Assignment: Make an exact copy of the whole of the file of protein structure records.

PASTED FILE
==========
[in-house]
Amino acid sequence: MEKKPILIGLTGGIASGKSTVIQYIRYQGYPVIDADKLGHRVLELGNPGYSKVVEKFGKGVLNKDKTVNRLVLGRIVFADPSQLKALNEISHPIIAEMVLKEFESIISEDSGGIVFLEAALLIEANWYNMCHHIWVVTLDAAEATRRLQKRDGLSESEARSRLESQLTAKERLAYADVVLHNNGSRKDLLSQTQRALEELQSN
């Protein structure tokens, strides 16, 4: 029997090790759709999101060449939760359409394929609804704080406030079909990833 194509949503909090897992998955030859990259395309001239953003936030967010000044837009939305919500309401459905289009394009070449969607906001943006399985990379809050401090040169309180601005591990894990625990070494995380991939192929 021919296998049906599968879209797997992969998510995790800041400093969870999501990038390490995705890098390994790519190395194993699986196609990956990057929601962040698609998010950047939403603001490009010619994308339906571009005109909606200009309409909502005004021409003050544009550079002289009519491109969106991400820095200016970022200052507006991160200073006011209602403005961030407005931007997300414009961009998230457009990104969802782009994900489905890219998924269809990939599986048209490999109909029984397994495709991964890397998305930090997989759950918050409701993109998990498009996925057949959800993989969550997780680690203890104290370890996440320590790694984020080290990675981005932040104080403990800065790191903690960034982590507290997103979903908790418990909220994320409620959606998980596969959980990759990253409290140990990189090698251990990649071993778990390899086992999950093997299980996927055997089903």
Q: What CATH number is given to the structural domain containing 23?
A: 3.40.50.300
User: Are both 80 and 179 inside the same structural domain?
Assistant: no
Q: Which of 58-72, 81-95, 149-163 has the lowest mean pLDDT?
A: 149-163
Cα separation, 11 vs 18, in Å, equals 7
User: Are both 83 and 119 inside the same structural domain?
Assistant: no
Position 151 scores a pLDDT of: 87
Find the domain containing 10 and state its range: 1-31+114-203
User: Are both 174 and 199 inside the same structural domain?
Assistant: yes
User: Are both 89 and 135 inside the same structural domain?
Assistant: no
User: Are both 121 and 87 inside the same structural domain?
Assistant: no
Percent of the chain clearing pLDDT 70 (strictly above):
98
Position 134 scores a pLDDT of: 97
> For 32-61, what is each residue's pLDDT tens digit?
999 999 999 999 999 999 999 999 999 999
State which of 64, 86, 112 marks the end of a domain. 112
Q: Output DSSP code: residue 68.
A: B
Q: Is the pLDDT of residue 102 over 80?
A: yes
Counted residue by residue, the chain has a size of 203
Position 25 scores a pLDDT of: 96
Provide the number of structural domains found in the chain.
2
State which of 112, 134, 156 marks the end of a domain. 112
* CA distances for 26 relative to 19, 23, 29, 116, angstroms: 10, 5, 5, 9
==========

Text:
[in-house]
Amino acid sequence: MEKKPILIGLTGGIASGKSTVIQYIRYQGYPVIDADKLGHRVLELGNPGYSKVVEKFGKGVLNKDKTVNRLVLGRIVFADPSQLKALNEISHPIIAEMVLKEFESIISEDSGGIVFLEAALLIEANWYNMCHHIWVVTLDAAEATRRLQKRDGLSESEARSRLESQLTAKERLAYADVVLHNNGSRKDLLSQTQRALEELQSN
């Protein structure tokens, strides 16, 4: 029997090790759709999101060449939760359409394929609804704080406030079909990833 194509949503909090897992998955030859990259395309001239953003936030967010000044837009939305919500309401459905289009394009070449969607906001943006399985990379809050401090040169309180601005591990894990625990070494995380991939192929 021919296998049906599968879209797997992969998510995790800041400093969870999501990038390490995705890098390994790519190395194993699986196609990956990057929601962040698609998010950047939403603001490009010619994308339906571009005109909606200009309409909502005004021409003050544009550079002289009519491109969106991400820095200016970022200052507006991160200073006011209602403005961030407005931007997300414009961009998230457009990104969802782009994900489905890219998924269809990939599986048209490999109909029984397994495709991964890397998305930090997989759950918050409701993109998990498009996925057949959800993989969550997780680690203890104290370890996440320590790694984020080290990675981005932040104080403990800065790191903690960034982590507290997103979903908790418990909220994320409620959606998980596969959980990759990253409290140990990189090698251990990649071993778990390899086992999950093997299980996927055997089903």
Q: What CATH number is given to the structural domain containing 23?
A: 3.40.50.300
User: Are both 80 and 179 inside the same structural domain?
Assistant: no
Q: Which of 58-72, 81-95, 149-163 has the lowest mean pLDDT?
A: 149-163
Cα separation, 11 vs 18, in Å, equals 7
User: Are both 83 and 119 inside the same structural domain?
Assistant: no
Position 151 scores a pLDDT of: 87
Find the domain containing 10 and state its range: 1-31+114-203
User: Are both 174 and 199 inside the same structural domain?
Assistant: yes
User: Are both 89 and 135 inside the same structural domain?
Assistant: no
User: Are both 121 and 87 inside the same structural domain?
Assistant: no
Percent of the chain clearing pLDDT 70 (strictly above):
98
Position 134 scores a pLDDT of: 97
> For 32-61, what is each residue's pLDDT tens digit?
999 999 999 999 999 999 999 999 999 999
State which of 64, 86, 112 marks the end of a domain. 112
Q: Output DSSP code: residue 68.
A: B
Q: Is the pLDDT of residue 102 over 80?
A: yes
Counted residue by residue, the chain has a size of 203
Position 25 scores a pLDDT of: 96
Provide the number of structural domains found in the chain.
2
State which of 112, 134, 156 marks the end of a domain. 112
* CA distances for 26 relative to 19, 23, 29, 116, angstroms: 10, 5, 5, 9